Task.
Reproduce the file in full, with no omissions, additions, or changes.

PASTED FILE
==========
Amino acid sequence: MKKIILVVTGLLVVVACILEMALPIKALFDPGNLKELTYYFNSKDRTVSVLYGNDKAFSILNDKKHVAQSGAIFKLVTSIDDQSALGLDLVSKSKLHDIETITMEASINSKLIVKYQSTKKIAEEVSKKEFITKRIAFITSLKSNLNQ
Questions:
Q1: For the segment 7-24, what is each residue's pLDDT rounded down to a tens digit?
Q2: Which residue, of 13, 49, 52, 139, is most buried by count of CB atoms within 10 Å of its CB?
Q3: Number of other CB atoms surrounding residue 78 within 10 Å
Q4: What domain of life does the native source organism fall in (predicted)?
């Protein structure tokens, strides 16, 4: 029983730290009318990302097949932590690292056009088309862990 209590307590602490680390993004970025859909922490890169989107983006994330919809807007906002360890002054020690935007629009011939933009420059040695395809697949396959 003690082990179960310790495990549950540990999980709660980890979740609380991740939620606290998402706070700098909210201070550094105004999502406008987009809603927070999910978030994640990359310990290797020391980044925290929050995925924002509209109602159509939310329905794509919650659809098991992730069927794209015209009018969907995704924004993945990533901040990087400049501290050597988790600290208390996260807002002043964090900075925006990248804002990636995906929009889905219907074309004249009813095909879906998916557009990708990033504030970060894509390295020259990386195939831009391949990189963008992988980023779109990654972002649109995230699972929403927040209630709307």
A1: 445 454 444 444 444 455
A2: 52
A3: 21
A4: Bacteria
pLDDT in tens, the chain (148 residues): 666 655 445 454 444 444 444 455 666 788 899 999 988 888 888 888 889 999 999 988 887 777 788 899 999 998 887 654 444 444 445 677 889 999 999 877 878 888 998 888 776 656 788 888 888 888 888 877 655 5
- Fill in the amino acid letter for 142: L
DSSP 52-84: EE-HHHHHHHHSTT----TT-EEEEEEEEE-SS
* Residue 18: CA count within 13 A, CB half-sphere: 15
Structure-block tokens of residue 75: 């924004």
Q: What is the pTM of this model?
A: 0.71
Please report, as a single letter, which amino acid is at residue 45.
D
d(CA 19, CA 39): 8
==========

Amino acid sequence: MKKIILVVTGLLVVVACILEMALPIKALFDPGNLKELTYYFNSKDRTVSVLYGNDKAFSILNDKKHVAQSGAIFKLVTSIDDQSALGLDLVSKSKLHDIETITMEASINSKLIVKYQSTKKIAEEVSKKEFITKRIAFITSLKSNLNQ
Questions:
Q1: For the segment 7-24, what is each residue's pLDDT rounded down to a tens digit?
Q2: Which residue, of 13, 49, 52, 139, is most buried by count of CB atoms within 10 Å of its CB?
Q3: Number of other CB atoms surrounding residue 78 within 10 Å
Q4: What domain of life does the native source organism fall in (predicted)?
């Protein structure tokens, strides 16, 4: 029983730290009318990302097949932590690292056009088309862990 209590307590602490680390993004970025859909922490890169989107983006994330919809807007906002360890002054020690935007629009011939933009420059040695395809697949396959 003690082990179960310790495990549950540990999980709660980890979740609380991740939620606290998402706070700098909210201070550094105004999502406008987009809603927070999910978030994640990359310990290797020391980044925290929050995925924002509209109602159509939310329905794509919650659809098991992730069927794209015209009018969907995704924004993945990533901040990087400049501290050597988790600290208390996260807002002043964090900075925006990248804002990636995906929009889905219907074309004249009813095909879906998916557009990708990033504030970060894509390295020259990386195939831009391949990189963008992988980023779109990654972002649109995230699972929403927040209630709307």
A1: 445 454 444 444 444 455
A2: 52
A3: 21
A4: Bacteria
pLDDT in tens, the chain (148 residues): 666 655 445 454 444 444 444 455 666 788 899 999 988 888 888 888 889 999 999 988 887 777 788 899 999 998 887 654 444 444 445 677 889 999 999 877 878 888 998 888 776 656 788 888 888 888 888 877 655 5
- Fill in the amino acid letter for 142: L
DSSP 52-84: EE-HHHHHHHHSTT----TT-EEEEEEEEE-SS
* Residue 18: CA count within 13 A, CB half-sphere: 15
Structure-block tokens of residue 75: 């924004």
Q: What is the pTM of this model?
A: 0.71
Please report, as a single letter, which amino acid is at residue 45.
D
d(CA 19, CA 39): 8